Anyone who has seen a cutting grow in a jar of water on a windowsill can tell you that plants don't actually need soil to grow. What they need are water, light, nutrients, and a place to physically anchor. Hydroponics is a way of growing plants based upon this idea: give plants water and dissolved nutrients at the same time; give them a perfect growing environment; give them a good place to anchor their roots, and they will grow happily, verdantly, rambunctiously, and beautifully.

As an added bonus, if you can collect the water that you use to grow the plants, you can reuse it...the plants will take what they need and the rest just recirculates until they use it.

A result of all this is that hydroponics uses, in general, about 90% less water than traditional agriculture to grow food for us humans. No nutrients (fertilizers) are ever discharged into the environment. Plants, not having to fight with one another for access to the limited nutrients in the soil, can be grown much more closely together. And, because this often happens in greenhouses, no pesticides, herbicides, or fungicides need be used. Sounds fantastic, right?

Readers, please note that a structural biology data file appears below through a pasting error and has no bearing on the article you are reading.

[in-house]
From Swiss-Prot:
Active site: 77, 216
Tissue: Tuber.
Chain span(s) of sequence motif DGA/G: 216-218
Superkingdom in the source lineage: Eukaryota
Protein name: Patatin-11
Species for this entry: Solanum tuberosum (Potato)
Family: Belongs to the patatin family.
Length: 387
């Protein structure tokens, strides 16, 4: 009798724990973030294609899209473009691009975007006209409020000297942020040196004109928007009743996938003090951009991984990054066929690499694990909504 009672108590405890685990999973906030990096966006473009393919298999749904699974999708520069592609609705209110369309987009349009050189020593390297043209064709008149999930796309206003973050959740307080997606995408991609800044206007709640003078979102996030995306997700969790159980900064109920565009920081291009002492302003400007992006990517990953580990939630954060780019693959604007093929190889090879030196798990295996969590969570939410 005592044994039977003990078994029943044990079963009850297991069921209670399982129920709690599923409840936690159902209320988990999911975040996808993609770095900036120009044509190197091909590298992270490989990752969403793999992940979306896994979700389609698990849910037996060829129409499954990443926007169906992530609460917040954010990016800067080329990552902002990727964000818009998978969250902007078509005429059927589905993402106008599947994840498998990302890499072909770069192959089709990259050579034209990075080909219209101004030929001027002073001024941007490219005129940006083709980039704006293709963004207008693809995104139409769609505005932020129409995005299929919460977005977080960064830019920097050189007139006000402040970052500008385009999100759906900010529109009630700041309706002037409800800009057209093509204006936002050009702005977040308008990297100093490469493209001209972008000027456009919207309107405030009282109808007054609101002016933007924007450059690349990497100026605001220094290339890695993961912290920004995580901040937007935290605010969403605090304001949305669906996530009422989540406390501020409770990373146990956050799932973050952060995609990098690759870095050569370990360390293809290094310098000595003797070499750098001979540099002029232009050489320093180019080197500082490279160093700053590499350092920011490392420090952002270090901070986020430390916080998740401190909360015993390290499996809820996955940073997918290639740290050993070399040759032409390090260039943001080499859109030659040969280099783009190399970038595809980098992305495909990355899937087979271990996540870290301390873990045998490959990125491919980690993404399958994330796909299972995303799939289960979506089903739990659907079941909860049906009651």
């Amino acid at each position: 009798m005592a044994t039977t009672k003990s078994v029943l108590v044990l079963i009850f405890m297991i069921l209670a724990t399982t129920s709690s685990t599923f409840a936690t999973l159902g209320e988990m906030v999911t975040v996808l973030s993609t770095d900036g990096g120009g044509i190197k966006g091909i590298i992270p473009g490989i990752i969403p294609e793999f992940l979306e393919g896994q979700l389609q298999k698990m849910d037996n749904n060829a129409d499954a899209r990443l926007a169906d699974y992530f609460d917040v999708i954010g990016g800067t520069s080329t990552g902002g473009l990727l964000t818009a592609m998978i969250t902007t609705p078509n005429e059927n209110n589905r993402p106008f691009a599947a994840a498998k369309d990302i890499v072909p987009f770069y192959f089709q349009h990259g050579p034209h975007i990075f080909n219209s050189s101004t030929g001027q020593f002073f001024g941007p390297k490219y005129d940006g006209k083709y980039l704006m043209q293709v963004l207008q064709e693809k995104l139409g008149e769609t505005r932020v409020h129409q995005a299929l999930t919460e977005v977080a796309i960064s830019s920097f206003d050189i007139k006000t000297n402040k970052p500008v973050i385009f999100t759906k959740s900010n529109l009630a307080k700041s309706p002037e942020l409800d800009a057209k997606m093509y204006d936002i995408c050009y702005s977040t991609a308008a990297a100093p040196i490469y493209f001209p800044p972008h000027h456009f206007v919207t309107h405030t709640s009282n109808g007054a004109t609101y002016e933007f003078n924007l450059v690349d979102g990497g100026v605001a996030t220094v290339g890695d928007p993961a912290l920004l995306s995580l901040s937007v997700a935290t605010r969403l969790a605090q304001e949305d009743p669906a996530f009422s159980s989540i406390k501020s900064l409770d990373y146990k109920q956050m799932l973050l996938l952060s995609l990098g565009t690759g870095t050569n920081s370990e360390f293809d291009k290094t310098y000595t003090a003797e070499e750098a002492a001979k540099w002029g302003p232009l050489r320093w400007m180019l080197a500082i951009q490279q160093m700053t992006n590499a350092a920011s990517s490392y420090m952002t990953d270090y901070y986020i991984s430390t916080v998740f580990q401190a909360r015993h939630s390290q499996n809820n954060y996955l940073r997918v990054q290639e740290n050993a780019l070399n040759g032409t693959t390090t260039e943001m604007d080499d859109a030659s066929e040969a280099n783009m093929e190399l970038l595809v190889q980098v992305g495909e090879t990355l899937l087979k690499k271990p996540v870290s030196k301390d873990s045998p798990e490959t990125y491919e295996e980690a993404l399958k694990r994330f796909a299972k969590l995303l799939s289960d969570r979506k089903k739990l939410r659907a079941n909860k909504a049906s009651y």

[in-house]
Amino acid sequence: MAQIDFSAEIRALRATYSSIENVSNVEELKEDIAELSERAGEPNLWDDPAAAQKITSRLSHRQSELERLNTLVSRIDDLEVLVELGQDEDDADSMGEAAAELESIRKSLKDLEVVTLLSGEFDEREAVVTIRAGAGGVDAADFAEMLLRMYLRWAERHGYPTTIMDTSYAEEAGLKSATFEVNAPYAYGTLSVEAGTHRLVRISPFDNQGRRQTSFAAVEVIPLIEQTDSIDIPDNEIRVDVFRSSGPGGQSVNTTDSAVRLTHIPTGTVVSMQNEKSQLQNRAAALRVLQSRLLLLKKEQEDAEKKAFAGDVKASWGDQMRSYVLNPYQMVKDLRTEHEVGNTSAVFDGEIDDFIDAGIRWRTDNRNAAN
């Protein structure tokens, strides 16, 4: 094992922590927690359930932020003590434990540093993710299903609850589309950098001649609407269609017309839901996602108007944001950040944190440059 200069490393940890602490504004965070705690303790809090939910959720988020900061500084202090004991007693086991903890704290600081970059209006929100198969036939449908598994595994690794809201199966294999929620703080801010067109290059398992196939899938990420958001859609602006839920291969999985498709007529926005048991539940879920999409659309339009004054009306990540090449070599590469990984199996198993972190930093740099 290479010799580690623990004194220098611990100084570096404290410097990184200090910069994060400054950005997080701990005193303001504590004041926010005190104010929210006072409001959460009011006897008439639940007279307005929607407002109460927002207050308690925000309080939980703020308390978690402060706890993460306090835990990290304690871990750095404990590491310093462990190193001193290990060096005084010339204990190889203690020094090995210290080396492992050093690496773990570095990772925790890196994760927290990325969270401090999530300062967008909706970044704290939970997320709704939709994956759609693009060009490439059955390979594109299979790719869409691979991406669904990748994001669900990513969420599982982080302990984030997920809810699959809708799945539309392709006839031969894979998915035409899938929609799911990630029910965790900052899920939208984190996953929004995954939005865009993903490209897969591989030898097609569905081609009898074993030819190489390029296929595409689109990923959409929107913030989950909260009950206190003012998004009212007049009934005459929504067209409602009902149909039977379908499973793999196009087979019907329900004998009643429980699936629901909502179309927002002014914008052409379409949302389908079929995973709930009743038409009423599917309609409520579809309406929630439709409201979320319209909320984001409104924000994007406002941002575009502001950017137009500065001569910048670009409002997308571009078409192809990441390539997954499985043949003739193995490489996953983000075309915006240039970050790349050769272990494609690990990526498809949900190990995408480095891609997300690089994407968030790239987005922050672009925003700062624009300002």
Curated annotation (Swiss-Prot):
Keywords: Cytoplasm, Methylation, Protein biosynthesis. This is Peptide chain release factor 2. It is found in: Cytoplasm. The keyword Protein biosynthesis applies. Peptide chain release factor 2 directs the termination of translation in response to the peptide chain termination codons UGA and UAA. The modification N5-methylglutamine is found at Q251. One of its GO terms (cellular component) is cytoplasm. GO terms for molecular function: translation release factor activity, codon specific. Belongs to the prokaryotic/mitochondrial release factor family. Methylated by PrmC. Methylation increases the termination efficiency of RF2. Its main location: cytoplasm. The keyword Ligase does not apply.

It is.


The first step to starting a spring garden is breaking out the tiller to loosen the soil, right?

Not so fast.

Tilling actually obliterates soil structure, rendering homeless the beneficial organisms that make up the food soil web. At Verdegreens, we know how to leave things alone. We construct soil beds that are never tilled, leaving intact the structure of the soil and allowing the multifarious worms, beneficial bacteria, and fungi that dwell therein to convert otherwise unavailable nutrients into readily available food for plants.

We literally built our soils over a span of many years, using a combination of compost and composted vegetative matter from the vegetables we grow to create a rich, black soil that allows us to produce the broadest selection of root vegetables, leafy greens, peppers, tomatoes, eggplant, and other nutritious vegetables. The first rule of soil cultivation: know when to leave things be.

Grab a FarmBox and taste the difference.